Veteran Zachary Jones got a surprise gift in the form of a service dog in the 9/11 Memorial in New York City on June 5, 2021. The 23-year old was medically and honorably discharged after a stint in the army fighting the Taliban and ISIS in Afghanistan and Syria.
Brianna Holzerland, the owner of Holzerland Protection Dogs, received a letter from Zachary Jones’s sister, Breann Jones, who expressed that her brother had been through a lot while stationed in Afghanistan. She added, “I feel like it is hard for veterans to express those things to people who have not been through those same experiences.”
Giving Veterans Hope
Zachary Jones thanked his family and friends for the support and said about the dog, “I don’t think it is going to sit with me until tonight when he’s cuddling with me.”
He further declared while standing at the memorial, “this right here is what brought in a lot of the guys that were coaching me or brought me up as who I was as a soldier. I was in for a total of five years. I was medically retired. I did one tour to Afghanistan and then one to Syria. It was a calling of something I was going to do.”
Another organization, Dogs2DogTags, based in Sheboygan Falls, Wisconsin, partners dogs with veterans who are undergoing mental illness as a result of their tour of duty.
One such veteran was Ric Daus, a veteran who served his country in Afghanistan from 2005 to 2006. His job was to clear areas of landmines and build roads. One day while on a mission, the Humvee he was in got blown off the mountain, sadly killing four of his comrades.
This caused him to have feelings of anxiety, resentment, and anger afterward, and tried to seek help upon returning home. He turned to drugs and alcohol and had problems with his relationships until a friend told him about Dogs2DogTags.
Partnering Veterans With Service Dogs
The organization paired Daus with a Great Pyrenees Dalmatian Mix. Today, the veteran and dog are a good match. About his four-legged friend, he also said that “he was so in tune with me that the first time we met, he was leaning on me. He already knew that he loved me. It just seemed like he knew that we were meant to be together.”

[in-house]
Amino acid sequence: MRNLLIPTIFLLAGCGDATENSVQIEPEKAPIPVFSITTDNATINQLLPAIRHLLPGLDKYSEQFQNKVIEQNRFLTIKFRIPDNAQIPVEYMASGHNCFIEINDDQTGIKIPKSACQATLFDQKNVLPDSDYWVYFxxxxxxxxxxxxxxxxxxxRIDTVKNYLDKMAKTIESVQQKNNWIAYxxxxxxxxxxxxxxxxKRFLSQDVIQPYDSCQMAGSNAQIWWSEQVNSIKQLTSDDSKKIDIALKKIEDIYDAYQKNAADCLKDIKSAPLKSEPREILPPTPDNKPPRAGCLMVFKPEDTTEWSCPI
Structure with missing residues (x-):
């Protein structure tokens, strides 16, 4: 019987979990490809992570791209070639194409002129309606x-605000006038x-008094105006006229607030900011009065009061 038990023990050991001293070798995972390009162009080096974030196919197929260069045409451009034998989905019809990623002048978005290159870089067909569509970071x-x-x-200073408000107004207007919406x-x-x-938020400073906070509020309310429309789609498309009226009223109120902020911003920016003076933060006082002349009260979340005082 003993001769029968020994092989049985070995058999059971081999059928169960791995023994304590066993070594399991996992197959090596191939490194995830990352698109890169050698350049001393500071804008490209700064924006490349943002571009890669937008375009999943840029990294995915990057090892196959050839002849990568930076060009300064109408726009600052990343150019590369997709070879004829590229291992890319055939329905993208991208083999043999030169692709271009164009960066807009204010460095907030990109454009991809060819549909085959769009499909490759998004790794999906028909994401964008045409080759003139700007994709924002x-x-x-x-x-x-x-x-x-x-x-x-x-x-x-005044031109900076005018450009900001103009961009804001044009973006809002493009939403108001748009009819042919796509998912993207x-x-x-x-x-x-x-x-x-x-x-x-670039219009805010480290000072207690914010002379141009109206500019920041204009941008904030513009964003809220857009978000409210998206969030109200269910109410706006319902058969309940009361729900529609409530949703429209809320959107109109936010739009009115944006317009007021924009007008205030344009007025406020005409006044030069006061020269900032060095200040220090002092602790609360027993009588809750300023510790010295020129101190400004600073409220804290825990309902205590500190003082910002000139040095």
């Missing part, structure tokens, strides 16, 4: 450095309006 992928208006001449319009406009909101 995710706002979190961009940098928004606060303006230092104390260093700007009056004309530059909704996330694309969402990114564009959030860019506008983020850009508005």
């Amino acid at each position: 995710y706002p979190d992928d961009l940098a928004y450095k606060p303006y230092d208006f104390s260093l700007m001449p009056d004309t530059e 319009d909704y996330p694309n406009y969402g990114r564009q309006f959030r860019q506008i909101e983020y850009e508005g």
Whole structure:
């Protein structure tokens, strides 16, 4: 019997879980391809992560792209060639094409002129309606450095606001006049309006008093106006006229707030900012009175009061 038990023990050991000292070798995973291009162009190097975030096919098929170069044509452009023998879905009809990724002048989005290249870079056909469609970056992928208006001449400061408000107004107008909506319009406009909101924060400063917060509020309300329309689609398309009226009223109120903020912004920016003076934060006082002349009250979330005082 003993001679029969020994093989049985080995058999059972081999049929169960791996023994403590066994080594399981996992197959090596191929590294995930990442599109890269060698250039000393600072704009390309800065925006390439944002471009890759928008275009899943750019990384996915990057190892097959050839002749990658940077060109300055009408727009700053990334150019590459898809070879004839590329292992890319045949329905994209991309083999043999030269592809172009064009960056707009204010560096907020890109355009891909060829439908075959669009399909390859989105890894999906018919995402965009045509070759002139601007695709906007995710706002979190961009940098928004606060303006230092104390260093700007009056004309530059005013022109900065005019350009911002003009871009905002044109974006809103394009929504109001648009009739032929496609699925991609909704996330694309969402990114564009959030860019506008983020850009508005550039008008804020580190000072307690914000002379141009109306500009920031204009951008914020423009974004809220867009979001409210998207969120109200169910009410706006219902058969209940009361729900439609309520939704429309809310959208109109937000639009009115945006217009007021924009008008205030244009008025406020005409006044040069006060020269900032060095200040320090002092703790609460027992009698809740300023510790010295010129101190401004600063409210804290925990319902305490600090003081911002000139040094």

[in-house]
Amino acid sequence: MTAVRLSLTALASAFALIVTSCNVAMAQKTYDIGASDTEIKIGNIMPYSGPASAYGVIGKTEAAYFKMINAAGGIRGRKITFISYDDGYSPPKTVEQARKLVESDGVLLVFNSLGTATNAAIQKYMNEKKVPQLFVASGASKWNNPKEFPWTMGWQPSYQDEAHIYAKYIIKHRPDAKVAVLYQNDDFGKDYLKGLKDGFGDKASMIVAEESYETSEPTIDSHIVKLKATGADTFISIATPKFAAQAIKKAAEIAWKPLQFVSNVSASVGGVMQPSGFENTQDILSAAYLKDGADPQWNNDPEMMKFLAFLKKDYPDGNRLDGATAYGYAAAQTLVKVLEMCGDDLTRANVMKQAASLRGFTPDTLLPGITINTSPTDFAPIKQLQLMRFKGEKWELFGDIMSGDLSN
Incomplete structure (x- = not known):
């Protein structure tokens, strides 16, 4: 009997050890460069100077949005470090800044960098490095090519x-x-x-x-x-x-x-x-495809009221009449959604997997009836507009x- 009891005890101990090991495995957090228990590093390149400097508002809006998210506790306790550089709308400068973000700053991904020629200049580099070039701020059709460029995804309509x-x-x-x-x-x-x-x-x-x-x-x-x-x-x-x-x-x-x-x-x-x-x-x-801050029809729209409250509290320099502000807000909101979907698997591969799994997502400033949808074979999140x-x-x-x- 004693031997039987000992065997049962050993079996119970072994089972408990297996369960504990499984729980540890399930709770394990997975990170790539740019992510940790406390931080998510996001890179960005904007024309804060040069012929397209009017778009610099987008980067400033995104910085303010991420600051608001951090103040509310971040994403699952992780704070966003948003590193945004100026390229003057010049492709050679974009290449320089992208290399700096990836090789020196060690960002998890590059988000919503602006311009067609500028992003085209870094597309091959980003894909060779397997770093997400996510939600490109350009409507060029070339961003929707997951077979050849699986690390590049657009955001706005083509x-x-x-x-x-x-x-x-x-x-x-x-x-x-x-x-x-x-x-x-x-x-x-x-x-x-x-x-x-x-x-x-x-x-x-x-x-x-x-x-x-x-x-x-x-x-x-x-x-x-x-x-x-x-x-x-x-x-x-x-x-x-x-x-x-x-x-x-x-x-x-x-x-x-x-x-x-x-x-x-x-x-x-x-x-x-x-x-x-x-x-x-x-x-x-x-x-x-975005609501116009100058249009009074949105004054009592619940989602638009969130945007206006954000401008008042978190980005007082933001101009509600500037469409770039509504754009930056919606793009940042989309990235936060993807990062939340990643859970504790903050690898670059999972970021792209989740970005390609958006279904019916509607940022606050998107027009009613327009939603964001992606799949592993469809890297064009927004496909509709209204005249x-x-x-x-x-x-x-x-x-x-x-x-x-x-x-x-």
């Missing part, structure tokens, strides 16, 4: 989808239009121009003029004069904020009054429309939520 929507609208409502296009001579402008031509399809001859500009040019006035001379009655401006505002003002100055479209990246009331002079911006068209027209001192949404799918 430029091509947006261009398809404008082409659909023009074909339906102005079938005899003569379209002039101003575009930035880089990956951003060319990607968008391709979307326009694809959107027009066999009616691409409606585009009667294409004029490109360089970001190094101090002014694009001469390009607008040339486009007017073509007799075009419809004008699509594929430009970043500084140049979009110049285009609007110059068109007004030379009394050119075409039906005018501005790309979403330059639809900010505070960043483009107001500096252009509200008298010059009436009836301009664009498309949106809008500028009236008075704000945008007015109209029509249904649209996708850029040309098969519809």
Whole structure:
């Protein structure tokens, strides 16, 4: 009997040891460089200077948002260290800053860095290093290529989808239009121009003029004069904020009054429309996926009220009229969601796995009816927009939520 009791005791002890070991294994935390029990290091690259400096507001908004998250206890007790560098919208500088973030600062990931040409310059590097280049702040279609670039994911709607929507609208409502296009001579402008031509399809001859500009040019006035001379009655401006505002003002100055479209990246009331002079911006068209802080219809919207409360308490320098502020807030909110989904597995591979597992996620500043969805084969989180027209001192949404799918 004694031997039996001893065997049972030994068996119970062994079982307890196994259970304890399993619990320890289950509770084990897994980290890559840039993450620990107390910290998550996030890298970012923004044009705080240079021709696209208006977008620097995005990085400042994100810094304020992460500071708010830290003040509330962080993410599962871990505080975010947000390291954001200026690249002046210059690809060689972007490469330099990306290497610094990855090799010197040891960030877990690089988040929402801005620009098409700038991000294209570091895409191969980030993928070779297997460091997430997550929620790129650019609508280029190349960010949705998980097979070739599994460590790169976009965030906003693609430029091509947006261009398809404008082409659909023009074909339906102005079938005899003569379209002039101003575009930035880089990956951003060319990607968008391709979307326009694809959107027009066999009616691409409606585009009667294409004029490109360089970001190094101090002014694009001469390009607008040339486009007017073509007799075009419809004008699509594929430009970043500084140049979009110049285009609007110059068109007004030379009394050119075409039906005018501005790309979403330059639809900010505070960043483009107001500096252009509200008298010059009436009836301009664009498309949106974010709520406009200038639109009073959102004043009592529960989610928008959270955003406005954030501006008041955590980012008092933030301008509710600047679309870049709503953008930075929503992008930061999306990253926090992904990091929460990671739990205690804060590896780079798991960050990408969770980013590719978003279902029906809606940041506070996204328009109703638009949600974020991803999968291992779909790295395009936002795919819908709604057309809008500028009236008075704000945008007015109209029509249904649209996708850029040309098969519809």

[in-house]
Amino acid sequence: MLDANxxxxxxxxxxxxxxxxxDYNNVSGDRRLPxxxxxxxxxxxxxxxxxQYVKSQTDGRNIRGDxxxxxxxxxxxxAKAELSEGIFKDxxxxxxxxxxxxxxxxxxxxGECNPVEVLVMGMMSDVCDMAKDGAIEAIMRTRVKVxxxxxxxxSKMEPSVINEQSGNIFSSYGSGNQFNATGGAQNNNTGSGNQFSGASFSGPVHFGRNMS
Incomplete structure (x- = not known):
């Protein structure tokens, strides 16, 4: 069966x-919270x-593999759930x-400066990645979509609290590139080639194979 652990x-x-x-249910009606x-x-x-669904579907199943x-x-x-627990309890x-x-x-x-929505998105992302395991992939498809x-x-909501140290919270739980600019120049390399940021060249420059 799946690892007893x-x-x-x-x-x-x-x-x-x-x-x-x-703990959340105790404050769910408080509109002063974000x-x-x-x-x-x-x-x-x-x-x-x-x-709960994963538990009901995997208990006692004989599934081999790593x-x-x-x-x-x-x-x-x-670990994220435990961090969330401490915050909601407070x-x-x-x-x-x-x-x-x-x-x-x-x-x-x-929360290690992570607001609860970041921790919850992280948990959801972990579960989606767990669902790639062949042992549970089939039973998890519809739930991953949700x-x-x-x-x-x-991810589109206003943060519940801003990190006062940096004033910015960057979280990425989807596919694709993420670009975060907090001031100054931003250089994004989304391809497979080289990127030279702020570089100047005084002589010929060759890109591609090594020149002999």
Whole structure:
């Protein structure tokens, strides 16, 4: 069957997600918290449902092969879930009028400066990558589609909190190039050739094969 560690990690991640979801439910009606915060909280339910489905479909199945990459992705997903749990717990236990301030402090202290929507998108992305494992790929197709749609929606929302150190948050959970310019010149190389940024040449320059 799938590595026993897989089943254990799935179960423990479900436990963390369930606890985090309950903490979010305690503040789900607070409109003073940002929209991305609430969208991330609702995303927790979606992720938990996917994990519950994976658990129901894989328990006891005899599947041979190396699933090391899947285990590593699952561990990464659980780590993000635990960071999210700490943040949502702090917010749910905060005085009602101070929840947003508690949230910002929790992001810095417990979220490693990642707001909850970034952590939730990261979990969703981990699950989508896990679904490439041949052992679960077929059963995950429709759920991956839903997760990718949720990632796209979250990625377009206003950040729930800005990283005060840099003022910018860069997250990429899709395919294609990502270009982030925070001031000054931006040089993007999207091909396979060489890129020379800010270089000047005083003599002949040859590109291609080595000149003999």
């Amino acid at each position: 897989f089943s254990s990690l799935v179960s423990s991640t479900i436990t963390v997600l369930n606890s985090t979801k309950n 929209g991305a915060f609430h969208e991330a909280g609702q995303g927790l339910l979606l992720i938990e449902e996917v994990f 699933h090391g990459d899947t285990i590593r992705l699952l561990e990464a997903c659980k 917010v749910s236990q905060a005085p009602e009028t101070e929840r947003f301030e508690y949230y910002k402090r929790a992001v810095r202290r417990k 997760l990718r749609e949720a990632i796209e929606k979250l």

Another organization training service dogs for veterans dealing with post-traumatic stress disorder (PTSD) is Kevlar K-9, based in Wichita, Kansas. Toney Turner, who heads the organization, said dogs are doing things that no pill could ever do. He added that “most of the veterans in our program usually have their medications cut in half if not closer to three quarters.”
So far, Kevlar K-9 has paired ten veterans with service dogs since April 2019. They train dogs at no cost to the veterans, except for the application fee. One such recipient is Leslie Rooney, who served in the Air Force for four years. Rooney has suffered from PTSD since returning from duty.
Rooney said that “If we could get more dogs with more veterans, I think the 22 suicides a day of veterans would decrease. She has been a lifeline to me, I don’t know where I would be right now if I didn’t have her.”
According to the US Department of Veteran Affairs, suicides among veterans are already considered a crisis. In 2018 alone, it has claimed 6,435 veteran lives, at the rate of 1.5 times more than non-veteran suicides.